NSF Director participates in the White House Office of Science and Technology Policy event on President’s Budget request for FY24
On March 13, U.S. National Science Foundation Director Sethuraman Panchanathan participated in the White House Office of Science and Technology Policy (OSTP) event on President Biden’s FY24 Budget request which includes $210 billion for federal research and development (R&D), the largest ever investment for federal R&D.
Panchanathan thanked the Administration and Congress for their continued support saying, “This is an investment in NSF’s ability to support even more individuals, generate more breakthroughs, and foster more innovations that are going to strengthen our economy, national security, and global competitiveness”.
The President’s historic commitment to federal R&D investment is a recognition that American science, technology and innovation—and the people that fuel it—are key to achieving our nation’s great aspirations: ensuring robust health and plentiful economic opportunity for every person; tackling the climate crisis and transitioning to clean energy; investing in creating the industries of tomorrow; and advancing global security and stability.
The President's Budget:
- Supports new federal R&D entities to spur innovation. The Budget requests $1.2 billion for the CHIPS and Science Act-authorized Directorate for Technology, Innovation, and Partnerships within NSF to help accelerate and translate scientific research into innovations, industries, and jobs.
- Makes historic investments in American innovation and emerging technologies. The Budget provides $25 billion for CHIPS and Science Act-authorized activities, including $21 billion for the three primary CHIPS and Science Act agencies: NSF, the Department of Energy’s (DOE) Office of Science, and NIST within the Department of Commerce. The Budget includes $2 billion at NSF to help maintain America’s edge in the industries of tomorrow, including advanced manufacturing, advanced wireless, artificial intelligence, biotechnology, microelectronics and semiconductors, and quantum information science. The Budget also restores American innovation in agriculture by providing more than $4 billion for agricultural research, education, and outreach.
- Makes historic investments in climate science and cutting-edge clean energy innovation. The Budget provides $16.5 billion to support climate science and clean energy innovation, proposing $5.1 billion to fund a broad portfolio of research to improve understanding of our changing climate and inform adaptation and resilience measures across multiple agencies. The Budget supports U.S. preeminence in developing innovative technologies that accelerate the transition to a clean energy economy by investing more than $11.3 billion to boost American innovation and reestablish American leadership in clean energy innovation. This includes over $4 billion in research, development, and demonstration activities across multiple agencies for game-changing technologies where transformative progress can help the U.S. reach its net-zero 2050 climate goal and support global decarbonization, including $1 billion to advance fusion energy.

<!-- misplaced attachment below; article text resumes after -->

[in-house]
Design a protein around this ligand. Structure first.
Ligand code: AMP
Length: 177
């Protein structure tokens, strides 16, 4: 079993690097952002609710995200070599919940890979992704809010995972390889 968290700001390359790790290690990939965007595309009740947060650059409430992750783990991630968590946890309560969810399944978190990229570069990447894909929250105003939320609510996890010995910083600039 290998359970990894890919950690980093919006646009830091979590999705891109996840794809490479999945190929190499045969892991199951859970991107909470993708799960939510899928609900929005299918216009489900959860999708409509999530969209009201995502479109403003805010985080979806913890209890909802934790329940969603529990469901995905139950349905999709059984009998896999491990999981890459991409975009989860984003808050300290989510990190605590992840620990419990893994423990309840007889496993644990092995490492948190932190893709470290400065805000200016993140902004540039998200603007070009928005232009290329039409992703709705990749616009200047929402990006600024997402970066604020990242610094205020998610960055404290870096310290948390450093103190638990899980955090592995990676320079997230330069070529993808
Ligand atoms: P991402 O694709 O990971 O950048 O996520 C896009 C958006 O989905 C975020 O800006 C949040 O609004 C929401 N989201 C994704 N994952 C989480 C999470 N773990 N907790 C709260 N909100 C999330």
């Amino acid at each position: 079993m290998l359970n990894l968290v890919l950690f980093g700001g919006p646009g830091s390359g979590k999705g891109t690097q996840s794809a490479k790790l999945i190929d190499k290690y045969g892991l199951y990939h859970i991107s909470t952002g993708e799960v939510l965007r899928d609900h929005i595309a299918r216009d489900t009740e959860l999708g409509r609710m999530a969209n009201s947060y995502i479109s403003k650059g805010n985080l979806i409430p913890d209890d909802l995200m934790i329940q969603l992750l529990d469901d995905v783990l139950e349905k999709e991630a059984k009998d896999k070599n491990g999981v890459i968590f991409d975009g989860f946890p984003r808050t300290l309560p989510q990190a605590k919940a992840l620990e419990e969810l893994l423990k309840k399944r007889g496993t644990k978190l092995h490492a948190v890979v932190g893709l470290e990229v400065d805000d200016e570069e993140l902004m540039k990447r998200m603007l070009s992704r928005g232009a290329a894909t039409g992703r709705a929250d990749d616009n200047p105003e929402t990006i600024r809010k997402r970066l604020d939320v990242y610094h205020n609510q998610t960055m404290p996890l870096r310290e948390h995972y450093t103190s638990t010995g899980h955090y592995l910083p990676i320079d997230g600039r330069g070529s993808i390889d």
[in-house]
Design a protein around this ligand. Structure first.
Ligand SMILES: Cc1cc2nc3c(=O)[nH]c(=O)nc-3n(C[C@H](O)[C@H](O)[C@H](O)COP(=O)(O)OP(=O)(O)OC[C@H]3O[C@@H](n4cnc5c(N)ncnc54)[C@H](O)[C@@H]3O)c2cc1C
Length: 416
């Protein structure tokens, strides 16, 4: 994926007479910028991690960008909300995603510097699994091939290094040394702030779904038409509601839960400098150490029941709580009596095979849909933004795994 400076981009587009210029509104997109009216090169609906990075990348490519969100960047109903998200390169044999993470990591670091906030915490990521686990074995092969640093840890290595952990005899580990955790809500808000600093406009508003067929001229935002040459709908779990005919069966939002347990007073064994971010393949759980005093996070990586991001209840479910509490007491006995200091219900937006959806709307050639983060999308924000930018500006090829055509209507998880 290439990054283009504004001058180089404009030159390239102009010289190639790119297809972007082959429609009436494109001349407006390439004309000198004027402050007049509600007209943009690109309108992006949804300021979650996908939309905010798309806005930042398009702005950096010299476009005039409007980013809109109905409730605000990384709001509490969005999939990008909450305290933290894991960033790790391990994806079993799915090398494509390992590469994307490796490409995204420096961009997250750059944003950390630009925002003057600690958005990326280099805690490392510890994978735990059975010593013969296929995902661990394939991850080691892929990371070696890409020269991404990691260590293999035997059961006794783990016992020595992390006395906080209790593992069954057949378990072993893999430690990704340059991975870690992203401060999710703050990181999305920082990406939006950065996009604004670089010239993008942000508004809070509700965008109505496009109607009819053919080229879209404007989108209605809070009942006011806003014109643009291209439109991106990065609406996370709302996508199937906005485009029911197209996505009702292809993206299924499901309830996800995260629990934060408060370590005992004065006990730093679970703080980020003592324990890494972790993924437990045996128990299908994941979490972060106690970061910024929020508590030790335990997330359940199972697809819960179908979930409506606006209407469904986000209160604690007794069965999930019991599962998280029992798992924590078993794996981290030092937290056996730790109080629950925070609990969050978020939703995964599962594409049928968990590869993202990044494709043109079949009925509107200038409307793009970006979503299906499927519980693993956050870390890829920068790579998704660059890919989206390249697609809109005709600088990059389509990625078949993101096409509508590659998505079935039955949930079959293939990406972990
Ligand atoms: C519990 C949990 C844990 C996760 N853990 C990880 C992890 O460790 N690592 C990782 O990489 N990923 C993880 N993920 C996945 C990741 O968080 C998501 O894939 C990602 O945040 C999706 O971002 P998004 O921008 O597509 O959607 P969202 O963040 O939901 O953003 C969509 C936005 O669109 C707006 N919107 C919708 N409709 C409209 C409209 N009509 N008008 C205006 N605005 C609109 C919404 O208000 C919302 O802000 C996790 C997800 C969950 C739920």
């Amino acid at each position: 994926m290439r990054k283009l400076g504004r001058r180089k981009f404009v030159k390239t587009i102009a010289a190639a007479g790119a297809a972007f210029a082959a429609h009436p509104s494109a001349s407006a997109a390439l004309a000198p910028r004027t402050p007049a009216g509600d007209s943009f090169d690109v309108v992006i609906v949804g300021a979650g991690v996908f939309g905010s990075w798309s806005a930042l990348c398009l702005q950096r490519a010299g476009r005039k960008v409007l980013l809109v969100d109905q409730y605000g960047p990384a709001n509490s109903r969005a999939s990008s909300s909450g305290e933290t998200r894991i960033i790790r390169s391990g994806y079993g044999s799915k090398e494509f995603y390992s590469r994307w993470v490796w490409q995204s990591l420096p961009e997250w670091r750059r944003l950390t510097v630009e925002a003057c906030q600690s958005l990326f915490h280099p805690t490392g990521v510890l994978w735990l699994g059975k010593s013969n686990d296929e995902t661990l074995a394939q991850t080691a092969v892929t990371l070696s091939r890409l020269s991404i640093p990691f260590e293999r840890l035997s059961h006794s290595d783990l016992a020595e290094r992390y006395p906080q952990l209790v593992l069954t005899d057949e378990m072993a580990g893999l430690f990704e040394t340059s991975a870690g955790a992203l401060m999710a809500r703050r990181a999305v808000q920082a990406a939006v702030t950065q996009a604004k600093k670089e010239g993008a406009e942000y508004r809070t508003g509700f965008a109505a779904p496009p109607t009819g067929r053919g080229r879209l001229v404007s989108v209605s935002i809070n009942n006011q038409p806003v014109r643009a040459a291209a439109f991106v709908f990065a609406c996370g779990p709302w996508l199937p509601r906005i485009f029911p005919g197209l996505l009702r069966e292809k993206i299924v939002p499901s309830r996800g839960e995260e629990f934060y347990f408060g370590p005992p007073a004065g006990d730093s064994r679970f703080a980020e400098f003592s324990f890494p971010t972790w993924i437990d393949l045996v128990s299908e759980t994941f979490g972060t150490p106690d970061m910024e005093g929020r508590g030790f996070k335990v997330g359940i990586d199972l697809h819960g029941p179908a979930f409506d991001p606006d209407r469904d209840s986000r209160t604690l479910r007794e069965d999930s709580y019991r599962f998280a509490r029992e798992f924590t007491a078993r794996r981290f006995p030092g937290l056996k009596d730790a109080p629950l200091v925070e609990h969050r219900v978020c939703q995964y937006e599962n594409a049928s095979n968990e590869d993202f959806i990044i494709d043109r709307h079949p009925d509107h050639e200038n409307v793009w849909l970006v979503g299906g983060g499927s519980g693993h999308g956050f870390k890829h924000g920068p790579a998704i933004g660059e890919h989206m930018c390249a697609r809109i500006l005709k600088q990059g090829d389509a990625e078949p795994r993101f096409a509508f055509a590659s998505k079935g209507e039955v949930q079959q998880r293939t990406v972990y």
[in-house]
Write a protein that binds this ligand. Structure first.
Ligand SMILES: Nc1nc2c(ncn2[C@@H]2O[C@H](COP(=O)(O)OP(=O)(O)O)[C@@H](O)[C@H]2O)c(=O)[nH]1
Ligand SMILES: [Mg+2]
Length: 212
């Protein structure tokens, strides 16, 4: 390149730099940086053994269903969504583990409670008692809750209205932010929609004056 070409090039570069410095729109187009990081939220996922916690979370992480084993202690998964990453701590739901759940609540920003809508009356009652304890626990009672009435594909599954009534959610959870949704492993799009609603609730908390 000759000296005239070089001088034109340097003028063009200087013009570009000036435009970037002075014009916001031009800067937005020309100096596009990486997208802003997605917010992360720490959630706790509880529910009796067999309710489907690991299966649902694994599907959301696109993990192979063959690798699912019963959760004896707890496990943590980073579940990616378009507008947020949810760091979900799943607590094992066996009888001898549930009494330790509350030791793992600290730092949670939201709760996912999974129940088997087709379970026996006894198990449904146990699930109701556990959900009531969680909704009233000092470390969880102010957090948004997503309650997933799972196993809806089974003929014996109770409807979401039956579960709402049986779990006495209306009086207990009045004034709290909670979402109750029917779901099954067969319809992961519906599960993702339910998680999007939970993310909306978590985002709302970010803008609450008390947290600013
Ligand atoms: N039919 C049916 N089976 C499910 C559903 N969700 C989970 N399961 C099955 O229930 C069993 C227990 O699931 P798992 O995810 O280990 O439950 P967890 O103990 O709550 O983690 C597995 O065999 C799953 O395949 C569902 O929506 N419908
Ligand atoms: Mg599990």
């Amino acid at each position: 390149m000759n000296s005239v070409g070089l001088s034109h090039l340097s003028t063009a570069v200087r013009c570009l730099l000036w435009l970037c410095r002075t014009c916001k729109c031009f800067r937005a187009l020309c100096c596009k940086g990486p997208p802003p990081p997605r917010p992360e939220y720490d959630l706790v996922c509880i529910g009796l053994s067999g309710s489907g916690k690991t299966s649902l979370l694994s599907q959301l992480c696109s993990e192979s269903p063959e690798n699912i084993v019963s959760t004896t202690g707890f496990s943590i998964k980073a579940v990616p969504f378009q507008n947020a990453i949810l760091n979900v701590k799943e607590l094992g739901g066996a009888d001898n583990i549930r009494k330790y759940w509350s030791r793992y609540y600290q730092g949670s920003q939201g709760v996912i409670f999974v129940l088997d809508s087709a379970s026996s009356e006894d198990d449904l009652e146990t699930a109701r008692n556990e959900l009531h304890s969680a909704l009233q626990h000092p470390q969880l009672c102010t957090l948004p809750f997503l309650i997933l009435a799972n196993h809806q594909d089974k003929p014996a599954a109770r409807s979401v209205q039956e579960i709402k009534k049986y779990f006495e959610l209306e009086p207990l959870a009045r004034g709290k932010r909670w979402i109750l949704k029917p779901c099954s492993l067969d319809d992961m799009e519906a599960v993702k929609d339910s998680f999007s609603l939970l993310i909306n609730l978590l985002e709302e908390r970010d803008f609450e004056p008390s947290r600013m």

- Promotes regional technology innovation and job creation. The Budget provides $300 million for NSF’s Regional Innovation Engines program, bringing together State and local governments, institutions of higher education, labor unions, businesses, and community-based organizations across the Nation to galvanize use-inspired research, technology translation, and workforce development.
- Expands science, technology, engineering and mathematics (STEM) workforce and institutional capacity and advances racial and gender equity in STEM. The Budget provides $1.4 billion at NSF to accelerate STEM education and workforce development, and to help ensure the U.S. science and technology workforce reflects the nation as a whole. In addition, the Budget includes $420 million at NSF to increase: the participation of historically underrepresented communities and women and girls in science and engineering fields; support for curriculum design; research on successful recruitment and retention methods; development of outreach or mentorship programs; fellowships; and science and engineering research and education capacity at Historically Black Colleges and Universities, Tribally Controlled Colleges and Universities, and Minority-Serving Institutions. The Budget also includes $350 million at the Department of Education to expand research and development infrastructure at these institutions.